Do not use valrubicin without first talking to your doctor if you have

  • a urinary tract infection;
  • a perforated or otherwise damaged bladder;
  • kidney disease; or
  • irritable bladder disorder.

The use of valrubicin may be dangerous if you have any of the conditions listed above.

Valrubicin is in the FDA pregnancy category C. Systemic exposure to valrubicin may result in harm to an unborn baby. Do not use valrubicin without first talking to your doctor if you are pregnant. Men and women being treated with valrubicin should discuss with their doctor the appropriate use of birth control during treatment with valrubicin if necessary.

Because of the potential for serious side effects in a nursing infant, breast-feeding should be avoided during treatment with valrubicin.

The safety and effectiveness of valrubicin in children has not been established.

How should I use valrubicin (Valstar)?

Valrubicin should only be administered under the supervision of a qualified healthcare provider experienced in the use of cancer chemotherapeutic agents.

Your doctor will determine the correct amount and frequency of treatment with valrubicin depending upon the type of cancer being treated and other factors. Valrubicin has caused a complete response in only about 1 in 5 patients and delaying surgery could lead to wide-spread bladder cancer, which is lethal. Talk to your doctor if you have any questions or concerns regarding the treatment schedule.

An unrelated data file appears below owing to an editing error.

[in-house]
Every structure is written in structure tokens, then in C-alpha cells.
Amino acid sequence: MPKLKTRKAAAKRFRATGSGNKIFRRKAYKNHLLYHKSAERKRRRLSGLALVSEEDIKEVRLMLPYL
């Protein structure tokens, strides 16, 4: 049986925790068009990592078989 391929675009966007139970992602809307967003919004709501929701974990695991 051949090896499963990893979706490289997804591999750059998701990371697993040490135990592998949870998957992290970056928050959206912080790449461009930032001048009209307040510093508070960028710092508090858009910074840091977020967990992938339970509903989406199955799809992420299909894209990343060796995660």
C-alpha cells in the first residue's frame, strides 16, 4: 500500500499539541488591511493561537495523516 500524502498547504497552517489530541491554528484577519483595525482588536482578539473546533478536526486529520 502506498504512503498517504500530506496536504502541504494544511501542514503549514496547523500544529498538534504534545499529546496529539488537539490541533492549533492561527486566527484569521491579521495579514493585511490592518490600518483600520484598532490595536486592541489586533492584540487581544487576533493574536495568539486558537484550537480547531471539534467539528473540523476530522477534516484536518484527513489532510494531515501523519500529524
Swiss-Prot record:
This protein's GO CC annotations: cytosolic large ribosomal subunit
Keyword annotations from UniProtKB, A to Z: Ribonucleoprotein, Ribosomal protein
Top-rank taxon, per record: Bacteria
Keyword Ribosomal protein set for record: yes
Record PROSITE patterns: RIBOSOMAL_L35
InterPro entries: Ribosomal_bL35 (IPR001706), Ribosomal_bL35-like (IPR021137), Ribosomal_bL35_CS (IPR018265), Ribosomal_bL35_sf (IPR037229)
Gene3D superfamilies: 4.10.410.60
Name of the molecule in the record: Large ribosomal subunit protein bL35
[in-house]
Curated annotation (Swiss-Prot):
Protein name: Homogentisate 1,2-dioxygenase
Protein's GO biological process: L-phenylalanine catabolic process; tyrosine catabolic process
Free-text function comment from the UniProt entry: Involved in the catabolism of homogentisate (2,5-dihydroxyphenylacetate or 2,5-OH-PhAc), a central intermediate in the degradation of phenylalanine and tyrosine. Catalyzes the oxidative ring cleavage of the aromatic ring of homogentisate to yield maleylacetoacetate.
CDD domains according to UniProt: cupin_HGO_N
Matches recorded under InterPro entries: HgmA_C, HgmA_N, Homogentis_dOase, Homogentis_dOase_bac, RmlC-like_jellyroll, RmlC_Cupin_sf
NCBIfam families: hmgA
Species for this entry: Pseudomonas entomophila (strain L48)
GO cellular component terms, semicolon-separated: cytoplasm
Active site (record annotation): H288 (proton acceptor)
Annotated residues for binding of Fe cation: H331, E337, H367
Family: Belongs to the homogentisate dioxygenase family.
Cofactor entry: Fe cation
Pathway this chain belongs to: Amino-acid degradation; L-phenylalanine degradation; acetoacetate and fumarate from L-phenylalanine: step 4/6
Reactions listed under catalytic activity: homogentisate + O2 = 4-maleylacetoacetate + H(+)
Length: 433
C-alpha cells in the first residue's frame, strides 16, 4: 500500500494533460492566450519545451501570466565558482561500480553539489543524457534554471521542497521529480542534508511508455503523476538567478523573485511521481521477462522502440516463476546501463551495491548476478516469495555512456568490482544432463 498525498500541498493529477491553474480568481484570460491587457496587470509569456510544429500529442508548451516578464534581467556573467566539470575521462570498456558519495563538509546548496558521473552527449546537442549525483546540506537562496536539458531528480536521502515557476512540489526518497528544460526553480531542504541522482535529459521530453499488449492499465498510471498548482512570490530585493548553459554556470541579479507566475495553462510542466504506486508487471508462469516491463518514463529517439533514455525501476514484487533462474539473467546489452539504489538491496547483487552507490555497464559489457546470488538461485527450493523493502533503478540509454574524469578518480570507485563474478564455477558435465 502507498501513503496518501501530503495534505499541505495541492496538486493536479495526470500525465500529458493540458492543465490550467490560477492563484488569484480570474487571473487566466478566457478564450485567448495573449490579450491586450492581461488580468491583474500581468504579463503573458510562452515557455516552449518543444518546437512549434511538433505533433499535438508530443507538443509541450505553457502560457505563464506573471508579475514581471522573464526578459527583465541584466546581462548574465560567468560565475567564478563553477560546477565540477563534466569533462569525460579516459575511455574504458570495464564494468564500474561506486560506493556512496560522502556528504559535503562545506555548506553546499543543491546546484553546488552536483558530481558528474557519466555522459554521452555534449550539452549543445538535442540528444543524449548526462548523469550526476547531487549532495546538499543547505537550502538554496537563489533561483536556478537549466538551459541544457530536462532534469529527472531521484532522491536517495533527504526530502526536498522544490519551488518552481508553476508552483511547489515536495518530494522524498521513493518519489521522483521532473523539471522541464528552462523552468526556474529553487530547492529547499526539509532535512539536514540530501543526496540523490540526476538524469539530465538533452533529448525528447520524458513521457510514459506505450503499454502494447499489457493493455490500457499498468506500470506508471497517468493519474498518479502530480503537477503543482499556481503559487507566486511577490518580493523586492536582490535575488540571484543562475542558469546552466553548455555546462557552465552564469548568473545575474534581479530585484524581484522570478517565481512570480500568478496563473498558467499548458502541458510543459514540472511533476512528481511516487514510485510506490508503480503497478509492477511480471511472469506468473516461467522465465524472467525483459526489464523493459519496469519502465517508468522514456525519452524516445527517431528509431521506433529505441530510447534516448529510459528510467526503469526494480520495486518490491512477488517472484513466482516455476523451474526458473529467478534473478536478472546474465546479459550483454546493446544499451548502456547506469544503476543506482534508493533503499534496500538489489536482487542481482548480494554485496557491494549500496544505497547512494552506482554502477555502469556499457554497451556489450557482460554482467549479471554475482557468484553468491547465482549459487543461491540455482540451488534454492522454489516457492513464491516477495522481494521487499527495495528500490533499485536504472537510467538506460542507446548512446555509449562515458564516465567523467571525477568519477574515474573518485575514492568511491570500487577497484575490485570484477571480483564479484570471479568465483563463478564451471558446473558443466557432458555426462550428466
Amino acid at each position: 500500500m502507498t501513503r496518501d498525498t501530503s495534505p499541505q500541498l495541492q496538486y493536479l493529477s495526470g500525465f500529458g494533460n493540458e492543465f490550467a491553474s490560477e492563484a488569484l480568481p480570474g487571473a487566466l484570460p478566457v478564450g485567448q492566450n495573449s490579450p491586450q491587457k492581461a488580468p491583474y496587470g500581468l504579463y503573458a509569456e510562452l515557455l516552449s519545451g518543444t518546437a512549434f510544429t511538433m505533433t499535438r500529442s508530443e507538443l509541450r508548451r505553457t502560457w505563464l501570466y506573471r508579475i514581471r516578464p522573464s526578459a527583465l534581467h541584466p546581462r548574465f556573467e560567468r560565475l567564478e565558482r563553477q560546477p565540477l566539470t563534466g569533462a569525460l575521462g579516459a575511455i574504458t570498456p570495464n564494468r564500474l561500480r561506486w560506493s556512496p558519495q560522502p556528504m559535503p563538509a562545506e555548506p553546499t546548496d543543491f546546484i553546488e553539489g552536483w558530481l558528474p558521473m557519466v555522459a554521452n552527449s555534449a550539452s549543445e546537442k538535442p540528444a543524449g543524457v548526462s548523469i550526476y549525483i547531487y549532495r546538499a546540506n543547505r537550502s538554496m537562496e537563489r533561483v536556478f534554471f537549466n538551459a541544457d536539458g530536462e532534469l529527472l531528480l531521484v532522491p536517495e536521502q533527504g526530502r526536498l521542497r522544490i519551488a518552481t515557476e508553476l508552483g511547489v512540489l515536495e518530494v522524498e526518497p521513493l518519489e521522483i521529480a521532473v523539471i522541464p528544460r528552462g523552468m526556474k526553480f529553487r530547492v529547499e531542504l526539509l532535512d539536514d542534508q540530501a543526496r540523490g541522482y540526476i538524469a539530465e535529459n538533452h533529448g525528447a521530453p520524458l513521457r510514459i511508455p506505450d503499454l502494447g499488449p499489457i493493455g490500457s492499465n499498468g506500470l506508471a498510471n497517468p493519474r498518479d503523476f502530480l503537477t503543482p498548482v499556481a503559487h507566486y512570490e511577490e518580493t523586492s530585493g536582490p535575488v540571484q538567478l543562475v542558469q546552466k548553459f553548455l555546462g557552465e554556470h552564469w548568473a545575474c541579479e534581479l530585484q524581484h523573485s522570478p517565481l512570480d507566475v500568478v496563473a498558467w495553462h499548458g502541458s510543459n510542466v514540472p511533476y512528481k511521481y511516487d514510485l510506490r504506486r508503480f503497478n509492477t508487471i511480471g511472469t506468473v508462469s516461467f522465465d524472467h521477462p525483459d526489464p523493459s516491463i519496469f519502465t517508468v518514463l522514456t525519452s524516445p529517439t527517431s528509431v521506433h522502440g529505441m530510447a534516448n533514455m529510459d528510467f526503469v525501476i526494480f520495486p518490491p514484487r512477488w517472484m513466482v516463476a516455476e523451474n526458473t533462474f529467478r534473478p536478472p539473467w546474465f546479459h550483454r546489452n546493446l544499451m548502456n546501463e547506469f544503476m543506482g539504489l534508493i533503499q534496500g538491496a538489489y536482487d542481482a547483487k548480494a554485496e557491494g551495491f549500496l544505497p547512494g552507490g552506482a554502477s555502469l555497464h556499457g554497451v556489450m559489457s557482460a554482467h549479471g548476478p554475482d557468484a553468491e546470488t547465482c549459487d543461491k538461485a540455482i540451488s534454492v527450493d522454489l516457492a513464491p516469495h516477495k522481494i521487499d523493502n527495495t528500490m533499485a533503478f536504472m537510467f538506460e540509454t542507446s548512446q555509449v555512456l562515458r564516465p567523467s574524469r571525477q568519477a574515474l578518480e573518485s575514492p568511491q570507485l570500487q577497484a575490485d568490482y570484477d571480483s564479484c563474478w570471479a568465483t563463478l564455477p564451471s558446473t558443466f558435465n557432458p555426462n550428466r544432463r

Your doctor will probably want you to have regularly scheduled blood tests and other medical evaluations during treatment with valrubicin to monitor progress and side effects.

Skin accidentally exposed to valrubicin should be rinsed thoroughly with soap and warm water.

Your healthcare provider will store valrubicin as directed by the manufacturer. If you are storing valrubicin at home, follow the directions provided by your healthcare provider.

Patient Detailed Avoid Taking

What happens if I miss a dose (Valstar)?

Contact your doctor if you miss a dose of valrubicin.

What happens if I overdose (Valstar)?